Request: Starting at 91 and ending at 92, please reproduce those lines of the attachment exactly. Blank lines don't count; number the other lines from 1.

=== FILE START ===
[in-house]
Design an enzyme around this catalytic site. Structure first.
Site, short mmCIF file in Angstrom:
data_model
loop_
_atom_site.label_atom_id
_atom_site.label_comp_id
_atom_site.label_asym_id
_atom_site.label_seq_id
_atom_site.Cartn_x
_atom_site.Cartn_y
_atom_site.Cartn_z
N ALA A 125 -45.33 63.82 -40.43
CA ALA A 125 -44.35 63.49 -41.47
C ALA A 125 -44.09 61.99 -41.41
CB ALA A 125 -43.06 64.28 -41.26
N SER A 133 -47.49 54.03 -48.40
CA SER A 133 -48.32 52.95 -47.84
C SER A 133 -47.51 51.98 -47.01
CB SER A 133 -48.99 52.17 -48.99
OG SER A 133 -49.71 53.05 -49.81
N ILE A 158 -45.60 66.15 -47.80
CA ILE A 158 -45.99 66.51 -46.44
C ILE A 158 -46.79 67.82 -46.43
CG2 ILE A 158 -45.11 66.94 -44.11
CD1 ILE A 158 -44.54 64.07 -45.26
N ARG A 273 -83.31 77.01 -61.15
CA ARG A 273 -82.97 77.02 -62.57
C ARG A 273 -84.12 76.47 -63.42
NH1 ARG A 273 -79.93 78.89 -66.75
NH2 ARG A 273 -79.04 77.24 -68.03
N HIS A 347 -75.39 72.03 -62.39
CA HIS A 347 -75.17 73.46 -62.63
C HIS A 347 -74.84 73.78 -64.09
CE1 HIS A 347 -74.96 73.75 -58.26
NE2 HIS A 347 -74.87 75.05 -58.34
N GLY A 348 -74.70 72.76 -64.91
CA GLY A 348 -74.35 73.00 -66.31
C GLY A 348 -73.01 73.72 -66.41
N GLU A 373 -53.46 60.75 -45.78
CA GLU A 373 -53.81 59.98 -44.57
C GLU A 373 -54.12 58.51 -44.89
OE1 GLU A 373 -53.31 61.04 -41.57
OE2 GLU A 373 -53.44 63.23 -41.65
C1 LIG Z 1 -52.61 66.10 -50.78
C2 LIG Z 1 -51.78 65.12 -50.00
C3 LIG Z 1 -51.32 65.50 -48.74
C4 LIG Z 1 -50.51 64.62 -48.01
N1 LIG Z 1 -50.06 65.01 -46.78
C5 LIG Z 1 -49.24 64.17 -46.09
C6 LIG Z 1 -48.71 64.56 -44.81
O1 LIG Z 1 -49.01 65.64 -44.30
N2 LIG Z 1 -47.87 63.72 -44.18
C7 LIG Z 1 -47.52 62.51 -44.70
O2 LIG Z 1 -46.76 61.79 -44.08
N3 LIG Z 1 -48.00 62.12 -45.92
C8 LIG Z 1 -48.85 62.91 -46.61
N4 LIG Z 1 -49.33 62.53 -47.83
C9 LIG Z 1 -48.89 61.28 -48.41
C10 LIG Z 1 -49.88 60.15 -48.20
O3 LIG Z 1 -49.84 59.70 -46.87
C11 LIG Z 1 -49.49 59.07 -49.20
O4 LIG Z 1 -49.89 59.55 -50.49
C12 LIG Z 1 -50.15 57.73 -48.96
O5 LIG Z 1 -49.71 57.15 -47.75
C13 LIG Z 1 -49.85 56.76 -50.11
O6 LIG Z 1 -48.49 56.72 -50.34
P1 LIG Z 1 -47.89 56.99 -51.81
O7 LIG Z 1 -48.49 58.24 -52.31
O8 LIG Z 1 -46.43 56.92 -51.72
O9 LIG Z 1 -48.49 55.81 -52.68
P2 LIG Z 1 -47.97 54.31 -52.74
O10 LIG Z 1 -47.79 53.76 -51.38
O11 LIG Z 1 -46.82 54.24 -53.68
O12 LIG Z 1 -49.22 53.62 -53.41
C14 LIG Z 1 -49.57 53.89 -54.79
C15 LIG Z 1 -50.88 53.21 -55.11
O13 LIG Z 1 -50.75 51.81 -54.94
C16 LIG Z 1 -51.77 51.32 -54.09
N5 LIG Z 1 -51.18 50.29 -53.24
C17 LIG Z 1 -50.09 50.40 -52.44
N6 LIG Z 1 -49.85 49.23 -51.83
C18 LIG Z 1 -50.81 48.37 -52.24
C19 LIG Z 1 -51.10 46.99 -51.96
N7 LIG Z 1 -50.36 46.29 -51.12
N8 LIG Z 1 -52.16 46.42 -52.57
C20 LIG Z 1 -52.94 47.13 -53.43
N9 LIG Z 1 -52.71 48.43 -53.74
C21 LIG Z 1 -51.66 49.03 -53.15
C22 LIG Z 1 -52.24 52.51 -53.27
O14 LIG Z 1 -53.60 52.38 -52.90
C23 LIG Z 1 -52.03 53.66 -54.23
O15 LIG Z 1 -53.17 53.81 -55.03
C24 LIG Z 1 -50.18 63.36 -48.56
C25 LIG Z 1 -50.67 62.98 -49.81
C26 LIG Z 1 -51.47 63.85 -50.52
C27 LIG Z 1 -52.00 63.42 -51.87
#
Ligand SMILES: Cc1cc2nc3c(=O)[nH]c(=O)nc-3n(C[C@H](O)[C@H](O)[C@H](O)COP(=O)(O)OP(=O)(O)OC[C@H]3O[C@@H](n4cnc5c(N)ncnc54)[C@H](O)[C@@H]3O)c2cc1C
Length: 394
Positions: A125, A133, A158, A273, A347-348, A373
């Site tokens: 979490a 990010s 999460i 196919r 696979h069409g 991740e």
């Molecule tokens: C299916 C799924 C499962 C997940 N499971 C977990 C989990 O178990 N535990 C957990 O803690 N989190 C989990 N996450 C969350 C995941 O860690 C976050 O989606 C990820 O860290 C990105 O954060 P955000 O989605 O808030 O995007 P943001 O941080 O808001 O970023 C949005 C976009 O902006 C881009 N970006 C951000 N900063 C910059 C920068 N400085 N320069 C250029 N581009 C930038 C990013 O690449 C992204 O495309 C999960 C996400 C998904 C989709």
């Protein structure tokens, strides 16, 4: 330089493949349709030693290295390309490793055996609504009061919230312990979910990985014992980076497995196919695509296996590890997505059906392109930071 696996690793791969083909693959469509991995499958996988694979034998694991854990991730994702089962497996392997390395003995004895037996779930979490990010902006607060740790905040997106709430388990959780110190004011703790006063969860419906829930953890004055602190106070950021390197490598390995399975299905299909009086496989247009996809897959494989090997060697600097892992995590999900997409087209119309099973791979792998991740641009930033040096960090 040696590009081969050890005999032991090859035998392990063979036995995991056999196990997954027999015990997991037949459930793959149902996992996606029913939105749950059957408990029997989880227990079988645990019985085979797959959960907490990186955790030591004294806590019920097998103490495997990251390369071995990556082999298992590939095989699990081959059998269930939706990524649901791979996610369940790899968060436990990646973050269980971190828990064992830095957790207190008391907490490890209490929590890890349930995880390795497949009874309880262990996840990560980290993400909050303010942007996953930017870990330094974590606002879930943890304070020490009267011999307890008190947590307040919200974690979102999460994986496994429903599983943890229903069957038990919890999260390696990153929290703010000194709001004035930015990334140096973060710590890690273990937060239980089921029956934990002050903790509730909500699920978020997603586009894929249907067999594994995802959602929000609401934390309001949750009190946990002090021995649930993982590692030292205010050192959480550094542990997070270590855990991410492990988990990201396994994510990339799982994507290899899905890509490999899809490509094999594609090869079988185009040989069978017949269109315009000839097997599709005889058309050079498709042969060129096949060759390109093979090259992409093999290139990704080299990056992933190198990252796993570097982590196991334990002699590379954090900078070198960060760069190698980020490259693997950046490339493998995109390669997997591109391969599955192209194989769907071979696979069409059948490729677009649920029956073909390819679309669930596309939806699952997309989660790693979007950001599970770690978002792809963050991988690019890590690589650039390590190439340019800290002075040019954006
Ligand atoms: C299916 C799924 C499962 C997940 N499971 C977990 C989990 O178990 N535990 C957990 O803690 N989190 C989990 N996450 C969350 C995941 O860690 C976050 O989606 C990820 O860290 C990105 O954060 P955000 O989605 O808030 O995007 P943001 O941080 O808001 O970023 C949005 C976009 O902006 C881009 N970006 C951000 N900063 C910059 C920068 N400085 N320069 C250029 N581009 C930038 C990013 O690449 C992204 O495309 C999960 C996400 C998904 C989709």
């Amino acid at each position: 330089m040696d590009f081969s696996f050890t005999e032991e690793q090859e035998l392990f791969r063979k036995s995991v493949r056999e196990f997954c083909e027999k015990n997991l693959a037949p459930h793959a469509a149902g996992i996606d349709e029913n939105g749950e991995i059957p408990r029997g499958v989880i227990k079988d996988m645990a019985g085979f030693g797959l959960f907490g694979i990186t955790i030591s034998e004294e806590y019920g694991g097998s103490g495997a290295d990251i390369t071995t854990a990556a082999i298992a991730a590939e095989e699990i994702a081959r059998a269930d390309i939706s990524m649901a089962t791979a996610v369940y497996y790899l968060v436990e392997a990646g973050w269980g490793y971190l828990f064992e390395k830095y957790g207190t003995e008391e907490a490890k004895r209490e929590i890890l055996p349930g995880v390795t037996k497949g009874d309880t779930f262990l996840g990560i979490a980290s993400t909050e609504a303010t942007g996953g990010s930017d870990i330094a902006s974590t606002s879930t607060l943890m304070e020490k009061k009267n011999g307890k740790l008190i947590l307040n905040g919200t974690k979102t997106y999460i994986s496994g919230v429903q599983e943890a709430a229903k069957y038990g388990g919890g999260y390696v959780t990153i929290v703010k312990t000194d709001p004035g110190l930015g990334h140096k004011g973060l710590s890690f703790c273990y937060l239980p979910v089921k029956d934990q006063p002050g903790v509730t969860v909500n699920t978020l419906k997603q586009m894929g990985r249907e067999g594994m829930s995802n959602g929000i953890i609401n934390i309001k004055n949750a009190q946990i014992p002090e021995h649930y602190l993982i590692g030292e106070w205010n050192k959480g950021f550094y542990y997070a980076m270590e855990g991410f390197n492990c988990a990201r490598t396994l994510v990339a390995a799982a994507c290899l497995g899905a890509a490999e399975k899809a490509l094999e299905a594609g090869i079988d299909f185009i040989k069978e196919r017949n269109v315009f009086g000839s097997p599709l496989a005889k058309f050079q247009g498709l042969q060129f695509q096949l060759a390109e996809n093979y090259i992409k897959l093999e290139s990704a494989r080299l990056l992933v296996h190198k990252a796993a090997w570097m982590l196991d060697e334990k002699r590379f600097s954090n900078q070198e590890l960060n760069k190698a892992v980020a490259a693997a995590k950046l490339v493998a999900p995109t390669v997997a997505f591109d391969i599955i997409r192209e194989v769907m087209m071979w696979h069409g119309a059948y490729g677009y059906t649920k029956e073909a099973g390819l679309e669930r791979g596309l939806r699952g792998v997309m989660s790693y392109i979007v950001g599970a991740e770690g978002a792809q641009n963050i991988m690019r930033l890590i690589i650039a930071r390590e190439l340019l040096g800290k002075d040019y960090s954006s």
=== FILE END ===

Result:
O14 LIG Z 1 -53.60 52.38 -52.90
C23 LIG Z 1 -52.03 53.66 -54.23